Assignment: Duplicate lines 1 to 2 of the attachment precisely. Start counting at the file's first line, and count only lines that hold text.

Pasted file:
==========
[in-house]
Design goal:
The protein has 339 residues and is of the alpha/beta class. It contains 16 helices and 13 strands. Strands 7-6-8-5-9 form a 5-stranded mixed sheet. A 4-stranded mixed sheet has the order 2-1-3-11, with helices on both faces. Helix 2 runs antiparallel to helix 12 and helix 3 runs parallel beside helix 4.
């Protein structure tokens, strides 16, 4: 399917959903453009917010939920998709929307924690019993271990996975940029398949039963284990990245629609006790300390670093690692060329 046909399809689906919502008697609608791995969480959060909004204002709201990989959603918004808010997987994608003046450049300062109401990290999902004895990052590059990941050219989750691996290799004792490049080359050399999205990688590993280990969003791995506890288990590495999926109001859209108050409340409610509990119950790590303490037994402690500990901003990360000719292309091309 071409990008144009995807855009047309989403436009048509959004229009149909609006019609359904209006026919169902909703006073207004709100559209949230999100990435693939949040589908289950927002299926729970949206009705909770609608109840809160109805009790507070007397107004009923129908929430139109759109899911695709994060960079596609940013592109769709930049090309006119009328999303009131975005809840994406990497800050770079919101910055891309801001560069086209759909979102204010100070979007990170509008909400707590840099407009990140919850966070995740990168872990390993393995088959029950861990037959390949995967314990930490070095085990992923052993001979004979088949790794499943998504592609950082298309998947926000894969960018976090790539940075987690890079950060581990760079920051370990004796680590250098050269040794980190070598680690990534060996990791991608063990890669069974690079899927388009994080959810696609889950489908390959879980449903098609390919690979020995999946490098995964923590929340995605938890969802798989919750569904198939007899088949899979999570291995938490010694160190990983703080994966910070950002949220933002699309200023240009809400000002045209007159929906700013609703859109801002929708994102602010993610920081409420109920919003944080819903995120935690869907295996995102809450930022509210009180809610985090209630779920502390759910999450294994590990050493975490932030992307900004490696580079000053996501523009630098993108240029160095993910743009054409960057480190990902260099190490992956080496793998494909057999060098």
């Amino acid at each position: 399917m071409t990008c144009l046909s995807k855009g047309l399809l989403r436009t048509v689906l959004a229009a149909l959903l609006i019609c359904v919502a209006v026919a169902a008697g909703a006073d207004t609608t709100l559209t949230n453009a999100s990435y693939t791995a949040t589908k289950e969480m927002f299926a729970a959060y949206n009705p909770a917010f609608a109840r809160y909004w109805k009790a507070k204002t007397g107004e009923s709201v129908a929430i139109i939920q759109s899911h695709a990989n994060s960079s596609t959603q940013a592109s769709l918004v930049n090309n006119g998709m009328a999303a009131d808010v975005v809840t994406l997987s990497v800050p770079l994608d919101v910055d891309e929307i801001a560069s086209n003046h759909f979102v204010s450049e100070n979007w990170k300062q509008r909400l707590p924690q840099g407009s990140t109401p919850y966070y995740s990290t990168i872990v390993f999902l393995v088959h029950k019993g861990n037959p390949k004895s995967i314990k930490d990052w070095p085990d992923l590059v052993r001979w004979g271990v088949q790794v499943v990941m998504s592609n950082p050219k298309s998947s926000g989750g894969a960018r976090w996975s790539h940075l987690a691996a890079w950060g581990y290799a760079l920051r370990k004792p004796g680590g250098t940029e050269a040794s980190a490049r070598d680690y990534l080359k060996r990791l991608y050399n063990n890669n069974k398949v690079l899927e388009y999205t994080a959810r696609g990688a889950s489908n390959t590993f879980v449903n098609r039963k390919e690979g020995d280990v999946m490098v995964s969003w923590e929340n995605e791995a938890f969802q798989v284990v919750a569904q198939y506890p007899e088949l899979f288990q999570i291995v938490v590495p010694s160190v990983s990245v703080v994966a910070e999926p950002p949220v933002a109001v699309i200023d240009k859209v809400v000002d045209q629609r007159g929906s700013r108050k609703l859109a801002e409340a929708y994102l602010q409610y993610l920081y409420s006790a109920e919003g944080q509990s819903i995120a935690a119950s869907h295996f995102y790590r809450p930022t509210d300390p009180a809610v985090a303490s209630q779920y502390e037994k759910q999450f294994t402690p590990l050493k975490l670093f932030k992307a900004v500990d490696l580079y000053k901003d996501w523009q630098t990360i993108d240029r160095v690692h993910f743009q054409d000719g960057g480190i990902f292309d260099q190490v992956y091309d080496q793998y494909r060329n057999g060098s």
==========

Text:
[in-house]
Design goal: